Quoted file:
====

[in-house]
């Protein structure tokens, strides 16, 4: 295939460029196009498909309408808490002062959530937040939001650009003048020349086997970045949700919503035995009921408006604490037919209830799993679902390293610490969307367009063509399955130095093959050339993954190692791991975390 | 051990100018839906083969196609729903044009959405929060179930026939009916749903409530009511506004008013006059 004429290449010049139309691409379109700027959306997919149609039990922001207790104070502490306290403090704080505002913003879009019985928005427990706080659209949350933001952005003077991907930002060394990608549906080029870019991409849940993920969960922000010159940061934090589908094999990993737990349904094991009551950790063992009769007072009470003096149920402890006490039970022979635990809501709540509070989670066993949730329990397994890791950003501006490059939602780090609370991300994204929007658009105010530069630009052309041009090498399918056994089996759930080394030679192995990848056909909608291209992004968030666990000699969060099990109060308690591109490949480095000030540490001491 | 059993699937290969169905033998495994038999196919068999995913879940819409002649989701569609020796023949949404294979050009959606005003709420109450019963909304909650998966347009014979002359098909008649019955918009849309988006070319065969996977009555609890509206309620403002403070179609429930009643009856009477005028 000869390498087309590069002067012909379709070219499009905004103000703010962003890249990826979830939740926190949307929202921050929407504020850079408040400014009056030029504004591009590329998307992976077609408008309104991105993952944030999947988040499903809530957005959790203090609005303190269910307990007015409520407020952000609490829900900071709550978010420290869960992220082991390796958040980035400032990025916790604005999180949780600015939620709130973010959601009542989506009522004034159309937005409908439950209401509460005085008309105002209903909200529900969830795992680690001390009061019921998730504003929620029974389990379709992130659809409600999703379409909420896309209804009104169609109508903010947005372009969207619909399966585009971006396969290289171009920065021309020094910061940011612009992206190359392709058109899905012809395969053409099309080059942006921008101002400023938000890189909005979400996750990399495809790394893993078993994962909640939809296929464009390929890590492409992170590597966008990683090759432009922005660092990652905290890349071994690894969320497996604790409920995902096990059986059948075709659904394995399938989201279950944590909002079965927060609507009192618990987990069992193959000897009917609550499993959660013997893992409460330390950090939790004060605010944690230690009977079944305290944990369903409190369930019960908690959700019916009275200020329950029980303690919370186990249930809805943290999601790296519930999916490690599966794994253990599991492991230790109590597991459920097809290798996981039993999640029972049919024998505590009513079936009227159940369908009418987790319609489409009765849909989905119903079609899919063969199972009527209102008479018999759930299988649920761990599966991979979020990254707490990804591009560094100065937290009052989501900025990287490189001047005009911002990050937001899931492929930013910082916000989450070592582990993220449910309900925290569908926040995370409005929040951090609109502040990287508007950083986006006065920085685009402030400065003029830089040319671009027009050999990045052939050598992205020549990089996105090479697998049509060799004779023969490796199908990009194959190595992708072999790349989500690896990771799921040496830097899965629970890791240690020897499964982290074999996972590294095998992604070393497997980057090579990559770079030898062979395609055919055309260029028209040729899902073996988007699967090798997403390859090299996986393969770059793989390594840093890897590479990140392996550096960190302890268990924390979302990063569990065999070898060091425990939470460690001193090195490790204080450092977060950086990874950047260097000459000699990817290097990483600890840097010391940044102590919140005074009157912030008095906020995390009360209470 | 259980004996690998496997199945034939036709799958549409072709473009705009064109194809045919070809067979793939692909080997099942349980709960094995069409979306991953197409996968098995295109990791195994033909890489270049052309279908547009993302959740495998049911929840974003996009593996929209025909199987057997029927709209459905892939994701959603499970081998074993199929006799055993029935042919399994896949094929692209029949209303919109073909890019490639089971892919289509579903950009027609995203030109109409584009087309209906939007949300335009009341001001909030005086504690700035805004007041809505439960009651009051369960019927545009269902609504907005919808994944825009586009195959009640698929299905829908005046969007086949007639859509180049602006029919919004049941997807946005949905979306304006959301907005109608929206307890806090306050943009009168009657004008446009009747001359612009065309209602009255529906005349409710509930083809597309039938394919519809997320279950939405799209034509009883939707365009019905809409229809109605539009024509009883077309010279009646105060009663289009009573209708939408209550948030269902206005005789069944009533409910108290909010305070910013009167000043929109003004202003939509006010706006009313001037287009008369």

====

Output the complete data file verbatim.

[in-house]
């Protein structure tokens, strides 16, 4: 295939460029196009498909309408808490002062959530937040939001650009003048020349086997970045949700919503035995009921408006604490037919209830799993679902390293610490969307367009063509399955130095093959050339993954190692791991975390 | 051990100018839906083969196609729903044009959405929060179930026939009916749903409530009511506004008013006059 004429290449010049139309691409379109700027959306997919149609039990922001207790104070502490306290403090704080505002913003879009019985928005427990706080659209949350933001952005003077991907930002060394990608549906080029870019991409849940993920969960922000010159940061934090589908094999990993737990349904094991009551950790063992009769007072009470003096149920402890006490039970022979635990809501709540509070989670066993949730329990397994890791950003501006490059939602780090609370991300994204929007658009105010530069630009052309041009090498399918056994089996759930080394030679192995990848056909909608291209992004968030666990000699969060099990109060308690591109490949480095000030540490001491 | 059993699937290969169905033998495994038999196919068999995913879940819409002649989701569609020796023949949404294979050009959606005003709420109450019963909304909650998966347009014979002359098909008649019955918009849309988006070319065969996977009555609890509206309620403002403070179609429930009643009856009477005028 000869390498087309590069002067012909379709070219499009905004103000703010962003890249990826979830939740926190949307929202921050929407504020850079408040400014009056030029504004591009590329998307992976077609408008309104991105993952944030999947988040499903809530957005959790203090609005303190269910307990007015409520407020952000609490829900900071709550978010420290869960992220082991390796958040980035400032990025916790604005999180949780600015939620709130973010959601009542989506009522004034159309937005409908439950209401509460005085008309105002209903909200529900969830795992680690001390009061019921998730504003929620029974389990379709992130659809409600999703379409909420896309209804009104169609109508903010947005372009969207619909399966585009971006396969290289171009920065021309020094910061940011612009992206190359392709058109899905012809395969053409099309080059942006921008101002400023938000890189909005979400996750990399495809790394893993078993994962909640939809296929464009390929890590492409992170590597966008990683090759432009922005660092990652905290890349071994690894969320497996604790409920995902096990059986059948075709659904394995399938989201279950944590909002079965927060609507009192618990987990069992193959000897009917609550499993959660013997893992409460330390950090939790004060605010944690230690009977079944305290944990369903409190369930019960908690959700019916009275200020329950029980303690919370186990249930809805943290999601790296519930999916490690599966794994253990599991492991230790109590597991459920097809290798996981039993999640029972049919024998505590009513079936009227159940369908009418987790319609489409009765849909989905119903079609899919063969199972009527209102008479018999759930299988649920761990599966991979979020990254707490990804591009560094100065937290009052989501900025990287490189001047005009911002990050937001899931492929930013910082916000989450070592582990993220449910309900925290569908926040995370409005929040951090609109502040990287508007950083986006006065920085685009402030400065003029830089040319671009027009050999990045052939050598992205020549990089996105090479697998049509060799004779023969490796199908990009194959190595992708072999790349989500690896990771799921040496830097899965629970890791240690020897499964982290074999996972590294095998992604070393497997980057090579990559770079030898062979395609055919055309260029028209040729899902073996988007699967090798997403390859090299996986393969770059793989390594840093890897590479990140392996550096960190302890268990924390979302990063569990065999070898060091425990939470460690001193090195490790204080450092977060950086990874950047260097000459000699990817290097990483600890840097010391940044102590919140005074009157912030008095906020995390009360209470 | 259980004996690998496997199945034939036709799958549409072709473009705009064109194809045919070809067979793939692909080997099942349980709960094995069409979306991953197409996968098995295109990791195994033909890489270049052309279908547009993302959740495998049911929840974003996009593996929209025909199987057997029927709209459905892939994701959603499970081998074993199929006799055993029935042919399994896949094929692209029949209303919109073909890019490639089971892919289509579903950009027609995203030109109409584009087309209906939007949300335009009341001001909030005086504690700035805004007041809505439960009651009051369960019927545009269902609504907005919808994944825009586009195959009640698929299905829908005046969007086949007639859509180049602006029919919004049941997807946005949905979306304006959301907005109608929206307890806090306050943009009168009657004008446009009747001359612009065309209602009255529906005349409710509930083809597309039938394919519809997320279950939405799209034509009883939707365009019905809409229809109605539009024509009883077309010279009646105060009663289009009573209708939408209550948030269902206005005789069944009533409910108290909010305070910013009167000043929109003004202003939509006010706006009313001037287009008369």